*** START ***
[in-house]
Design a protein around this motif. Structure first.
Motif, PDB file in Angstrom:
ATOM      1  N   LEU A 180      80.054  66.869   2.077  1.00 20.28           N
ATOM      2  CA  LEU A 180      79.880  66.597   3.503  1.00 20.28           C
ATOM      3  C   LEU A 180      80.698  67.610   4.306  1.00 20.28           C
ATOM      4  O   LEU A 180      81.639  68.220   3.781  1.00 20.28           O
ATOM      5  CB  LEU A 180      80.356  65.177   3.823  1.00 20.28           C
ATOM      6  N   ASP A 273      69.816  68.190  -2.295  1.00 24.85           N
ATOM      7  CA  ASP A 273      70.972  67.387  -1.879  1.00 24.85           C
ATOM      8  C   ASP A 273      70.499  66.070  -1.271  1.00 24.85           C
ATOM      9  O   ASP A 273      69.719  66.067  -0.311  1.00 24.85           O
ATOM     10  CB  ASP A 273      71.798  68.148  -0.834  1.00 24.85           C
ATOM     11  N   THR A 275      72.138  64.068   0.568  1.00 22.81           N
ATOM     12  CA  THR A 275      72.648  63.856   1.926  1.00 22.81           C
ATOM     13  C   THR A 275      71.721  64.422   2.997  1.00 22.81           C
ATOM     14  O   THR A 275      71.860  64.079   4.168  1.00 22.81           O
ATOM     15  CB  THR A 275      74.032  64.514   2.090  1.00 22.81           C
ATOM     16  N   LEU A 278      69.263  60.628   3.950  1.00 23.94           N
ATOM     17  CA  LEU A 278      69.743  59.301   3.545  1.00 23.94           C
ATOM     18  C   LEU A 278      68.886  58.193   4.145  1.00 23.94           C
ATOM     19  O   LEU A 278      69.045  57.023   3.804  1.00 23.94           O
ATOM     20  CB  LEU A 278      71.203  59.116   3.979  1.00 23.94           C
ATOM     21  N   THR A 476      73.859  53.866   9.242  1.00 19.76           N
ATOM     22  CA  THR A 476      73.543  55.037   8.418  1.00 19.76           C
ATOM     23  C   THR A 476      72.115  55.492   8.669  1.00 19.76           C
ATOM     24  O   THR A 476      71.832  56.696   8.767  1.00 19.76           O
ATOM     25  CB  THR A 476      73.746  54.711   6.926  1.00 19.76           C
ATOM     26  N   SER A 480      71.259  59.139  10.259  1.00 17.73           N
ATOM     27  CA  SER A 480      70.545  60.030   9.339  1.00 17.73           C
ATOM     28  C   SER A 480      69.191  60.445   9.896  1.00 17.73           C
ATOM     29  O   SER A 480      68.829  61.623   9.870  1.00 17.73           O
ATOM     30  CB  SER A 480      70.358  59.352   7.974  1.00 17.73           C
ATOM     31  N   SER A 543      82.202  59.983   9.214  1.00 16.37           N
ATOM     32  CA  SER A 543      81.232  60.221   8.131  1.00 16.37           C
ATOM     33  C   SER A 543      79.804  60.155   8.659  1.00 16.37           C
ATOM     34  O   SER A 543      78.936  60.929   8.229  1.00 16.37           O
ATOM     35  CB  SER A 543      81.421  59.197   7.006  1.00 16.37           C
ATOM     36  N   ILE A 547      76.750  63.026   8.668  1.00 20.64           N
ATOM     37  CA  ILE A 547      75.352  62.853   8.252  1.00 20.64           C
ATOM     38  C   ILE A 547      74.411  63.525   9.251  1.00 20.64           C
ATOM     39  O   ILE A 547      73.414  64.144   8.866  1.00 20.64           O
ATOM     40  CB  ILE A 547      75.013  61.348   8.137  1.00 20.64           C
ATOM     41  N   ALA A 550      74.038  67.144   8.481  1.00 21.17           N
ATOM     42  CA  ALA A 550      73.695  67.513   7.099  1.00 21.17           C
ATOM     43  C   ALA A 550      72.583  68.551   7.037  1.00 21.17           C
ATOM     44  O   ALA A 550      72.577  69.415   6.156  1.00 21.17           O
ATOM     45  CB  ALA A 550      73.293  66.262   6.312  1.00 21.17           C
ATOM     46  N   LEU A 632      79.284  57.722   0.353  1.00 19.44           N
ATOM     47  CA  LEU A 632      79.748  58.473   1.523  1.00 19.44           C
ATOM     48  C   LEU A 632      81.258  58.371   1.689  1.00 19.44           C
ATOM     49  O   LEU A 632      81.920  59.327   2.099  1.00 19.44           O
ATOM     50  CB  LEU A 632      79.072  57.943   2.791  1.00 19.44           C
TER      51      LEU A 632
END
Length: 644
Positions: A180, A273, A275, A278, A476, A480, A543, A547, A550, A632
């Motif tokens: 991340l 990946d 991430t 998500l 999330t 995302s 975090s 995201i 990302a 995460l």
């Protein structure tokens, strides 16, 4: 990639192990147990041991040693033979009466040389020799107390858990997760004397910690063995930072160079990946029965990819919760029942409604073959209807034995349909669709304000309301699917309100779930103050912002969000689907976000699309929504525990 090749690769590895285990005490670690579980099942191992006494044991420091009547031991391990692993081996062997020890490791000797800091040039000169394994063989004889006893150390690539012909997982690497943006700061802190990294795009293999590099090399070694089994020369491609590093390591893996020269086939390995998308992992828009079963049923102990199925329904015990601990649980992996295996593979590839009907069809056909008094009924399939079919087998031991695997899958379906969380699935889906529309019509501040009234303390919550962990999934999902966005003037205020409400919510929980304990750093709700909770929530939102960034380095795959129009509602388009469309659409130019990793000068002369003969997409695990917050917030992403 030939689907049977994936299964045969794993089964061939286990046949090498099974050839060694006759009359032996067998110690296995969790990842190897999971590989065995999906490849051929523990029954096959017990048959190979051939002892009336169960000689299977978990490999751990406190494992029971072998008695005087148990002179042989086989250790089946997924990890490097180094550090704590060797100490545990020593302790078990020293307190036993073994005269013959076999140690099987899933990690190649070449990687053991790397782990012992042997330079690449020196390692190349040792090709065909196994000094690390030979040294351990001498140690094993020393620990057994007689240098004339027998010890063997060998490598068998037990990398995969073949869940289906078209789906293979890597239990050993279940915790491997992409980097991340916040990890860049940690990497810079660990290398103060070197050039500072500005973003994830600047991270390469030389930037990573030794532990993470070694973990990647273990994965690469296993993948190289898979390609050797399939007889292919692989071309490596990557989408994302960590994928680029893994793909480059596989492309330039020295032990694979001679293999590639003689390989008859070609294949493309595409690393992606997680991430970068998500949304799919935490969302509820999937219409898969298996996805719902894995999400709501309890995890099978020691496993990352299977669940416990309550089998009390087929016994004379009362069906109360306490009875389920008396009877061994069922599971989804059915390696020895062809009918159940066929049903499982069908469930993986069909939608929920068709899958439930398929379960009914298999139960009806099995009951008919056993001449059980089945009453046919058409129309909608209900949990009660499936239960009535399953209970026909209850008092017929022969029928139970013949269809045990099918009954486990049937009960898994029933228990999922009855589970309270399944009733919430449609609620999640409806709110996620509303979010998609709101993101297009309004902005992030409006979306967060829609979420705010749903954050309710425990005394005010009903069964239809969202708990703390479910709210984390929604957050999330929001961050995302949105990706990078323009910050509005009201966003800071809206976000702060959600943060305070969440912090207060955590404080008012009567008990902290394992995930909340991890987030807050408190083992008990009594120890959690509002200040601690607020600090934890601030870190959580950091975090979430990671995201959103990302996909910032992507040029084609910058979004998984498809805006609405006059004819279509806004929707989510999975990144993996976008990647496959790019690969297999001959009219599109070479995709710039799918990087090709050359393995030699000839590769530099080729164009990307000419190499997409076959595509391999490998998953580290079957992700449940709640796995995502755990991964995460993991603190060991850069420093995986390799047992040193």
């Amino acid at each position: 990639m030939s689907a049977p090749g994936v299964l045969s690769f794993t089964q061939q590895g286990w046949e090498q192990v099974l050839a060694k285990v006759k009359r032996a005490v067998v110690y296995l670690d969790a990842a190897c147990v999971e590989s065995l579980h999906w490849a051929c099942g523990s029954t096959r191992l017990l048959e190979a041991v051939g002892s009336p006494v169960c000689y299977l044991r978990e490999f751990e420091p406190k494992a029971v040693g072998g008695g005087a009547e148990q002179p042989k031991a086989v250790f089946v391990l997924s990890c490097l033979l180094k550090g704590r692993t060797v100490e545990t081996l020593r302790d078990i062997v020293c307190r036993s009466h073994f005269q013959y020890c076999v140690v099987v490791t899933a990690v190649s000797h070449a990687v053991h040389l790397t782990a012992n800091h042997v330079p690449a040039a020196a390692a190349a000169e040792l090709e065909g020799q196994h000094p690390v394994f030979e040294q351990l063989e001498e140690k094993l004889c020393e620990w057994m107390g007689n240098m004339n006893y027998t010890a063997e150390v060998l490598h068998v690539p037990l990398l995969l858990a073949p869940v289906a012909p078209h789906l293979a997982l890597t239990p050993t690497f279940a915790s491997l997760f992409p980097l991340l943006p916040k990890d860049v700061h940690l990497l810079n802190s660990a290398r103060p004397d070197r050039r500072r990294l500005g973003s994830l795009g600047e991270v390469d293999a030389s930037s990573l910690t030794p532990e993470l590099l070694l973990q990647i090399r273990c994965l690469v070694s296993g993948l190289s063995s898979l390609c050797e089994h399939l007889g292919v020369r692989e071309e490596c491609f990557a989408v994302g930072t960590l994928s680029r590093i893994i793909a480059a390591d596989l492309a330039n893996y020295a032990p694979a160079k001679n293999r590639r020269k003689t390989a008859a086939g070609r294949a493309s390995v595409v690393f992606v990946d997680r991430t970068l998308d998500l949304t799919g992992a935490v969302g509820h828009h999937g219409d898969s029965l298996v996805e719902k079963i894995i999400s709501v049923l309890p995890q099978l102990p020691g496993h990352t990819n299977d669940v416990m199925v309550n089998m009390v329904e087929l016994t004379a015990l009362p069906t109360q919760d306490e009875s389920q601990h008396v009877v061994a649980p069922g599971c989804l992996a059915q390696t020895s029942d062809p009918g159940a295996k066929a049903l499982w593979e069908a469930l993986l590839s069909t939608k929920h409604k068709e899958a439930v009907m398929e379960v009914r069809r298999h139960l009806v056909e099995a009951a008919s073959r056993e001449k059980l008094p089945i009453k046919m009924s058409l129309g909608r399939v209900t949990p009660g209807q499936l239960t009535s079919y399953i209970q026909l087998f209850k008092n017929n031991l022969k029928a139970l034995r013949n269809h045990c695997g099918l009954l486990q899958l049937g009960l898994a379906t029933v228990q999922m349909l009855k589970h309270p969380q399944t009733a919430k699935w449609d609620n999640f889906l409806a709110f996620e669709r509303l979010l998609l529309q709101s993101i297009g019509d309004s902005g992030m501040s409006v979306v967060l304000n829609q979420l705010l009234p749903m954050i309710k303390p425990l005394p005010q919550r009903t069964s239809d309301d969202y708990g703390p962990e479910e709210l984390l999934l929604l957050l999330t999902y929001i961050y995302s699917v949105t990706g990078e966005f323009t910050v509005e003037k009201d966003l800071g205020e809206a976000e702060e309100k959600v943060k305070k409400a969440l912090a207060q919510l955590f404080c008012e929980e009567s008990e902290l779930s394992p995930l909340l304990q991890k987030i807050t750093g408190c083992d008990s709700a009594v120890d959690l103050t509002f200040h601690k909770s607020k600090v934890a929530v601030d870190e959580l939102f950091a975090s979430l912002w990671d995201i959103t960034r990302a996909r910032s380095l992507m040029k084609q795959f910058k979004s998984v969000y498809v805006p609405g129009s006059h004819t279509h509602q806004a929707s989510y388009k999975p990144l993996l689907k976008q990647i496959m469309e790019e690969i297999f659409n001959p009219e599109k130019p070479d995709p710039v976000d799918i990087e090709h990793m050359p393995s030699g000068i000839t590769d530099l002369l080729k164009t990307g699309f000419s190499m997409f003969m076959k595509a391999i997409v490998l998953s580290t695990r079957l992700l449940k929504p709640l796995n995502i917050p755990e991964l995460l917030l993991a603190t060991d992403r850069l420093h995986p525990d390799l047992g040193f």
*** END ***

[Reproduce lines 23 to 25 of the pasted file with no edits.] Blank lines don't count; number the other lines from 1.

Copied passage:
ATOM     20  CB  LEU A 278      71.203  59.116   3.979  1.00 23.94           C
ATOM     21  N   THR A 476      73.859  53.866   9.242  1.00 19.76           N
ATOM     22  CA  THR A 476      73.543  55.037   8.418  1.00 19.76           C